Name: Bonnie Lockhart
Current Gig: Co-founder of Occupella, an informal singing group that fights for truth, justice and the (anti-corporate) American through music at protests, marches, demonstrations and occupations all across the Bay Area.
Neighborhood: All the Occupella organizers live in Oakland or Berkeley.
Years In The Bay Area: Occupella was founded last October.
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How did Occupella start? After Occupy Oakland looked like it was going to get raided [last year], a group of us who wanted get involved met up and decided that we were interested in adding music. I gathered some musical friends of mine and we started going to occupations and demonstrations.
We sent emails out to hundreds of people to come join us. We wanted people to get the idea that what we're doing isn't really a performance; it's more about people just getting together and singing.
How do you select your songs? We wanted songs that people could sing, ones they already knew the melodies to, and then we'd zip in our own words to them. "Take Me Out To The Ball Game" became "Take Me Out Of The Big Banks."
Where do you normally perform? We don't perform. It's a funny distinction to make, I know, but it's mainly about participation. That's really the whole message Occupy--it's very democratic. We normally do things about 2.3 times per week (laughs). During the winter, we held weekly events at BART stations and got a really good reaction. Now that the weather's nicer, we go to the weekly "Tax The Rich" rally in front of the banks on Solano Avenue in Berkeley.
What drew you to BART stations? Betsy Rose started a regular "Singing for Peace" event at BART stations around the beginning of the Iraq War, which we partially modeled Occupella on. BART stations are fun because of all the natural amplification they provide. They're also sheltered from the elements and they're crowded--so you're exposed to a lot of people.
Have you ever gotten much of a negative reaction? Not with any regularity. Sometimes there are people who are either drunk or intoxicated. People in pretty bad shape, who are drawn to the energy of it but are unable to constructively participate. That's something that Occupy itself found out too--the strong needs of people who live on the street.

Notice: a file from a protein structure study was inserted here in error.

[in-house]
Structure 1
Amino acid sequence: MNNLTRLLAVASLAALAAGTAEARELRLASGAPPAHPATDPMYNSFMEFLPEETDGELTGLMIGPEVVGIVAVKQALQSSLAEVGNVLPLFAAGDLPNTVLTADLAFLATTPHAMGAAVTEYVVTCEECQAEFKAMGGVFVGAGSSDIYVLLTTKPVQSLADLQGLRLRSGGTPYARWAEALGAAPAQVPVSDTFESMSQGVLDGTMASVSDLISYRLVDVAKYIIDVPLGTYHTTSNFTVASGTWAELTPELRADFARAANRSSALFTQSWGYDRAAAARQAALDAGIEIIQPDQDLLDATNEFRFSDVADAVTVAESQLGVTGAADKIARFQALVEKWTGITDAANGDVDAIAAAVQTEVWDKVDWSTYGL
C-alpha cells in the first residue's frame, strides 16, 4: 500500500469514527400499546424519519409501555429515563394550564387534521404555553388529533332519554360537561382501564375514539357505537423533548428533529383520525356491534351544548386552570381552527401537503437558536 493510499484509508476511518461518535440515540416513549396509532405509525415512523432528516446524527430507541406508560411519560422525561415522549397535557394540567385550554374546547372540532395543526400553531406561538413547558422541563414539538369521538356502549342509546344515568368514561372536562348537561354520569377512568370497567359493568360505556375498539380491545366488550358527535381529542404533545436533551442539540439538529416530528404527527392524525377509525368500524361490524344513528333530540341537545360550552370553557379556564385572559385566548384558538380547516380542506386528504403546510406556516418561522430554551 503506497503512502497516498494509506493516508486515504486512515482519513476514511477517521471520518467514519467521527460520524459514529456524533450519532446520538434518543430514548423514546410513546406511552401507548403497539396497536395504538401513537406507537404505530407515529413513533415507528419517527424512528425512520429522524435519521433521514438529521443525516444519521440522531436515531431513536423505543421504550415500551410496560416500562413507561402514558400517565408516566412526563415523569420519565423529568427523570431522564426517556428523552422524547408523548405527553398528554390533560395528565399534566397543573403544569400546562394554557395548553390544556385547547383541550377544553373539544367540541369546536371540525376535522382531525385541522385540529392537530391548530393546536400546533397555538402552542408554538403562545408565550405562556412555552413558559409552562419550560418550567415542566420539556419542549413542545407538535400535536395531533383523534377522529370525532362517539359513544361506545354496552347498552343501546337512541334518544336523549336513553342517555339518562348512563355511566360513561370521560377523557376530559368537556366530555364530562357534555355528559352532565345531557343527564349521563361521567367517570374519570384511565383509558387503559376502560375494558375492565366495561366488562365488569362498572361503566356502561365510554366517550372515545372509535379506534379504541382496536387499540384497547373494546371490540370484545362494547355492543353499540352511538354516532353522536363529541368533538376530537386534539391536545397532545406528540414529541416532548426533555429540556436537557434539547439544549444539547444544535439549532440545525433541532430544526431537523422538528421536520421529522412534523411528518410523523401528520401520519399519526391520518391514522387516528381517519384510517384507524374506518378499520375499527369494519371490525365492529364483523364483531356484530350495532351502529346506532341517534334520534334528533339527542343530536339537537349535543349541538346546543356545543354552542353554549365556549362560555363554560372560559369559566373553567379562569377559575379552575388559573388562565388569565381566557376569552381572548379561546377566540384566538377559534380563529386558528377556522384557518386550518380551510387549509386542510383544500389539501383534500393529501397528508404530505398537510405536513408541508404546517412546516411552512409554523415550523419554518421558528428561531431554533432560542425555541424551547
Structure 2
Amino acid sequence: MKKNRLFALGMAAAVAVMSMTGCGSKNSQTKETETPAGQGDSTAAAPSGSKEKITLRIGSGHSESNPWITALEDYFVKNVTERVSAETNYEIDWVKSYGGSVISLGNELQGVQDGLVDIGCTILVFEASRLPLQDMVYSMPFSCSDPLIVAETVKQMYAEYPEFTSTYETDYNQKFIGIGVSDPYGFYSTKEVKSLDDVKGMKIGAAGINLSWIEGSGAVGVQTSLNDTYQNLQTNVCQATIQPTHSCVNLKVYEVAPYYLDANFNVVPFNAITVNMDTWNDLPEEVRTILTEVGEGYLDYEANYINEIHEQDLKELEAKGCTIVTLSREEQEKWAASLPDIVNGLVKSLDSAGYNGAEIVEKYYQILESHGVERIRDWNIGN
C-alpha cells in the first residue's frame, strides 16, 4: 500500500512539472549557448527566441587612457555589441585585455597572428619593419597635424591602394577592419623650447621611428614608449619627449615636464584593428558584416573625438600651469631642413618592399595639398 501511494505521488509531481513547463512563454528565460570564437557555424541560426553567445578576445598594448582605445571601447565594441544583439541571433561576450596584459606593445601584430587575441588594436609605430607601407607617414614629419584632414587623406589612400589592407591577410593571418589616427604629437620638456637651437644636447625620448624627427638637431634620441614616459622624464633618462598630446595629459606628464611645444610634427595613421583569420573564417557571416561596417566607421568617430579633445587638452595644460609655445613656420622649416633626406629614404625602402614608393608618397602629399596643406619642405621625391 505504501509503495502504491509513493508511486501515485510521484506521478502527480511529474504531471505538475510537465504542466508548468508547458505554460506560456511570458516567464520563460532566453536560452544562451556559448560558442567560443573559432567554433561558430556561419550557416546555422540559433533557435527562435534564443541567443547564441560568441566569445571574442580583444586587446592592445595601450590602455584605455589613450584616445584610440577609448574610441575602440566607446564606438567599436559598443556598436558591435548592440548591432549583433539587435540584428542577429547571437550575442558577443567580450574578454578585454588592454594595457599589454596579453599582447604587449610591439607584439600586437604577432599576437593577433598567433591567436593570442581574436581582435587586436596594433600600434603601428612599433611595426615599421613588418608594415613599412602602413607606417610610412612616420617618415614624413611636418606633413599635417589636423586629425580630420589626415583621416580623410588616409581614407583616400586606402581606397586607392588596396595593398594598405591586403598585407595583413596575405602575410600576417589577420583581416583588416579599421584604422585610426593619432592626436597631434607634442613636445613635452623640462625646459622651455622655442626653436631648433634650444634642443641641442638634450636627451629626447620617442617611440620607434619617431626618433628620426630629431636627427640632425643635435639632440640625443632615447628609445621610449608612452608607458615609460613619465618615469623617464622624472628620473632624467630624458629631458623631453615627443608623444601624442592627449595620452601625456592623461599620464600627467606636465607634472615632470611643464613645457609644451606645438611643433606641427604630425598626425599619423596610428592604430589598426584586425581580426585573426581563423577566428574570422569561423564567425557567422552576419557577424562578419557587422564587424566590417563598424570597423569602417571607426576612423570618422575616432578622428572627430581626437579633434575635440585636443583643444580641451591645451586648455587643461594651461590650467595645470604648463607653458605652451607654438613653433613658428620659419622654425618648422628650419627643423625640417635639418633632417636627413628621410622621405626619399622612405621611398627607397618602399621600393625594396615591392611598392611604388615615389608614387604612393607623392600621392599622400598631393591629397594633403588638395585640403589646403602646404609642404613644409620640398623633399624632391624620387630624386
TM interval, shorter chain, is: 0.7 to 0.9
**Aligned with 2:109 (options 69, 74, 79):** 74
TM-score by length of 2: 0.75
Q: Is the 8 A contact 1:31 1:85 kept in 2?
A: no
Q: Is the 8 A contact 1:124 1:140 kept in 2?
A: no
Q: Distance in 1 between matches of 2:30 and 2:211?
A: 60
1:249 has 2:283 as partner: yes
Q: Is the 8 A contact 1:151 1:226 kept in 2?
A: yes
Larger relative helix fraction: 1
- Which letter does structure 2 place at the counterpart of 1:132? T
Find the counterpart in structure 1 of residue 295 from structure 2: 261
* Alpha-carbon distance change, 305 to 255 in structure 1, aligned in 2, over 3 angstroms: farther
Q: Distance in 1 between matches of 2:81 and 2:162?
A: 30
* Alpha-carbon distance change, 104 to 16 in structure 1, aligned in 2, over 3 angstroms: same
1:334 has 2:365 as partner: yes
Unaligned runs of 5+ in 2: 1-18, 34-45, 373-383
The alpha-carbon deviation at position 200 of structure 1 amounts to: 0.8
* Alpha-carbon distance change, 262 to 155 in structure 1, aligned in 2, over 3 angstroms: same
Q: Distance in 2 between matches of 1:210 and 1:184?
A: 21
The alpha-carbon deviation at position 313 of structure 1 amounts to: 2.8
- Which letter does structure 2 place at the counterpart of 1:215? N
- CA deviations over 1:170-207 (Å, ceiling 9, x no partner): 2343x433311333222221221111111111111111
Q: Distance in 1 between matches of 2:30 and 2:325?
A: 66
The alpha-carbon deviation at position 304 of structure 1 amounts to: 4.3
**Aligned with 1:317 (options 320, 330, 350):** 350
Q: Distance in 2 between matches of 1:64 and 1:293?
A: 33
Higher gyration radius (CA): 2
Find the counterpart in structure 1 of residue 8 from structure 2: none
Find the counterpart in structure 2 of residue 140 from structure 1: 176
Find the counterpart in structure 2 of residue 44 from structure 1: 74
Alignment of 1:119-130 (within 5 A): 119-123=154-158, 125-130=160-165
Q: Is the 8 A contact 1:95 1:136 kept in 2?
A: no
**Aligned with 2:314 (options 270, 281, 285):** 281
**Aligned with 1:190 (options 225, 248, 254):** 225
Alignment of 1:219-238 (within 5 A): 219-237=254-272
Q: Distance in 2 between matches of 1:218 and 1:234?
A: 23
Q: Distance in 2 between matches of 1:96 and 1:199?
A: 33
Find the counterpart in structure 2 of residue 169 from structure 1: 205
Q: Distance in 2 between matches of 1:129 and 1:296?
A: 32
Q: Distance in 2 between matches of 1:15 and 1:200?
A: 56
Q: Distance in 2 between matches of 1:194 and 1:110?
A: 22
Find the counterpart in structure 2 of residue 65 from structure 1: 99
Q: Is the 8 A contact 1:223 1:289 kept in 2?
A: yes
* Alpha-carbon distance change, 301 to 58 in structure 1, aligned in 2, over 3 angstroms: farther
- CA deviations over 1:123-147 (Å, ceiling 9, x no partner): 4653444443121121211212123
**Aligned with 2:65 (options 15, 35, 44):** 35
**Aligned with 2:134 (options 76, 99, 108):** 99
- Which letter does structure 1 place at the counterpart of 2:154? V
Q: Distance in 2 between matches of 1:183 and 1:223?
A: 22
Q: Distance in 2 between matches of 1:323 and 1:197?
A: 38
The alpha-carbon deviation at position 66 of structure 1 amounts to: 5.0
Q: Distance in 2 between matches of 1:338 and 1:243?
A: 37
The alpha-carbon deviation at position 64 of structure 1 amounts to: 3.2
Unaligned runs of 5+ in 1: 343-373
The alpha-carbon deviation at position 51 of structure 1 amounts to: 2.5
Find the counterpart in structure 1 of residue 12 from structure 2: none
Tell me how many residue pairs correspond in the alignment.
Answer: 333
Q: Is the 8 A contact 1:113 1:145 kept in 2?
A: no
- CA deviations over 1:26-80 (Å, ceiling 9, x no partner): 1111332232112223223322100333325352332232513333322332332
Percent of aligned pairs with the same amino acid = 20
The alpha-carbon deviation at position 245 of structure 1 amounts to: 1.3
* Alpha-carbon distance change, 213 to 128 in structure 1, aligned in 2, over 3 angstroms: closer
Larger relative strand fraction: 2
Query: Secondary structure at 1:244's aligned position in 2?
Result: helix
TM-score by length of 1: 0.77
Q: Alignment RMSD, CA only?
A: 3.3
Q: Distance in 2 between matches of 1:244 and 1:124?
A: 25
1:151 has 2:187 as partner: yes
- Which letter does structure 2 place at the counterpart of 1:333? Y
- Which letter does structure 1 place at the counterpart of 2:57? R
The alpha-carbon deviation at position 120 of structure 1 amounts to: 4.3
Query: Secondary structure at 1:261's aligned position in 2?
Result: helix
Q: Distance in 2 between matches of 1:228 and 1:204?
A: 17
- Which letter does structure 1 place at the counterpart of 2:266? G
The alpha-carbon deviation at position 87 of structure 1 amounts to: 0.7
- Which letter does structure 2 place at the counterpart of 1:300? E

It's funny, we put out song books in a basket so people can walk up and join in, but at BART stations people often throw money in the basket because this is America and sometimes money is the only way people know how to show their support.
There are a lot of different ways to participate in activism. Why did you choose to do it though music? That question makes me think of a Thelonious Monk quote, "Jazz is about freedom." That experience of freedom, it's why music is used in religion and politics so often. Music is deep and it's powerful and the changes we need to make are deep so we need to be powerful. Music has an experience of joy to it. That's why we do what we do as activists; we believe that life should be joyful. As oppressive as any political system is, there's always still going to be joy.
What would you say is the biggest success of the Occupy movement? Changing the conversation. People are actually talking about class now and they're doing it on mainstream TV--the idea that there's a working class and there's a class war that wasn't started by people being foreclosed on, it was started by the people doing the foreclosing. People are out there talking about that now.
What do you think the future holds for Occupy? No one knows where the movement is going, but building alternatives to the capitalist structure is important. We need to envision different ways of organizing ourselves collectively. All of the Occupella folks wanted to do something like this during the Bush years but didn't have the organization. Now, we can be a force to help people getting the shaft--people getting foreclosed on, people being laid off, people who need a helping hand. Ultimately, we're building a movement that will evolve and find a new way to organize our economy.
Check out this slideshow of Occupella performances:
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